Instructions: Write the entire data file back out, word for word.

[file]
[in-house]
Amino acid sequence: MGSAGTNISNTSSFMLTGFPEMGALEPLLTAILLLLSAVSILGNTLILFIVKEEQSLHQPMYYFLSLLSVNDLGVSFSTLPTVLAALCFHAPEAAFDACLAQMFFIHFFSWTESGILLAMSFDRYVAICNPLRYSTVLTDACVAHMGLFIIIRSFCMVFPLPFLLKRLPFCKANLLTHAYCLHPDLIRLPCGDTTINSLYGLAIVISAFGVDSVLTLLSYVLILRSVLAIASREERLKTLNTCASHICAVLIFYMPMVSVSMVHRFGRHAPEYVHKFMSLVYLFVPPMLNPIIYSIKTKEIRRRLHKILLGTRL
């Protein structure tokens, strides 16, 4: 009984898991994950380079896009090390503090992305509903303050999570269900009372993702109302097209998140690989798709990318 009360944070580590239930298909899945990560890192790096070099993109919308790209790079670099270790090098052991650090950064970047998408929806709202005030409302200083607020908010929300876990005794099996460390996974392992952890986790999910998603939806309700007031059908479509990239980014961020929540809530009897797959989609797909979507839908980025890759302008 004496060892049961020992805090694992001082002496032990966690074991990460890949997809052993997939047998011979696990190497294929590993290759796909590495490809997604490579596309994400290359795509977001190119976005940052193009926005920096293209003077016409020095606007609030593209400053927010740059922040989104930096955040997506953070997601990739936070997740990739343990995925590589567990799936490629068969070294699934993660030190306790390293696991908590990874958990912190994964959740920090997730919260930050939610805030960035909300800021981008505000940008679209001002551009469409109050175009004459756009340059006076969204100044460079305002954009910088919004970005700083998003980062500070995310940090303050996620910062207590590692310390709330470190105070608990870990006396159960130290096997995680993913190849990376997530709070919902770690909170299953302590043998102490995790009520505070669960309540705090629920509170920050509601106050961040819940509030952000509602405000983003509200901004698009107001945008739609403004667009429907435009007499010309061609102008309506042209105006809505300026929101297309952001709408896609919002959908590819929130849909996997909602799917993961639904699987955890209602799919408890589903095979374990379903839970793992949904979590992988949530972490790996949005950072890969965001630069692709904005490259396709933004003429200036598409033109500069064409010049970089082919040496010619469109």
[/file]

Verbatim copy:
[in-house]
Amino acid sequence: MGSAGTNISNTSSFMLTGFPEMGALEPLLTAILLLLSAVSILGNTLILFIVKEEQSLHQPMYYFLSLLSVNDLGVSFSTLPTVLAALCFHAPEAAFDACLAQMFFIHFFSWTESGILLAMSFDRYVAICNPLRYSTVLTDACVAHMGLFIIIRSFCMVFPLPFLLKRLPFCKANLLTHAYCLHPDLIRLPCGDTTINSLYGLAIVISAFGVDSVLTLLSYVLILRSVLAIASREERLKTLNTCASHICAVLIFYMPMVSVSMVHRFGRHAPEYVHKFMSLVYLFVPPMLNPIIYSIKTKEIRRRLHKILLGTRL
């Protein structure tokens, strides 16, 4: 009984898991994950380079896009090390503090992305509903303050999570269900009372993702109302097209998140690989798709990318 009360944070580590239930298909899945990560890192790096070099993109919308790209790079670099270790090098052991650090950064970047998408929806709202005030409302200083607020908010929300876990005794099996460390996974392992952890986790999910998603939806309700007031059908479509990239980014961020929540809530009897797959989609797909979507839908980025890759302008 004496060892049961020992805090694992001082002496032990966690074991990460890949997809052993997939047998011979696990190497294929590993290759796909590495490809997604490579596309994400290359795509977001190119976005940052193009926005920096293209003077016409020095606007609030593209400053927010740059922040989104930096955040997506953070997601990739936070997740990739343990995925590589567990799936490629068969070294699934993660030190306790390293696991908590990874958990912190994964959740920090997730919260930050939610805030960035909300800021981008505000940008679209001002551009469409109050175009004459756009340059006076969204100044460079305002954009910088919004970005700083998003980062500070995310940090303050996620910062207590590692310390709330470190105070608990870990006396159960130290096997995680993913190849990376997530709070919902770690909170299953302590043998102490995790009520505070669960309540705090629920509170920050509601106050961040819940509030952000509602405000983003509200901004698009107001945008739609403004667009429907435009007499010309061609102008309506042209105006809505300026929101297309952001709408896609919002959908590819929130849909996997909602799917993961639904699987955890209602799919408890589903095979374990379903839970793992949904979590992988949530972490790996949005950072890969965001630069692709904005490259396709933004003429200036598409033109500069064409010049970089082919040496010619469109």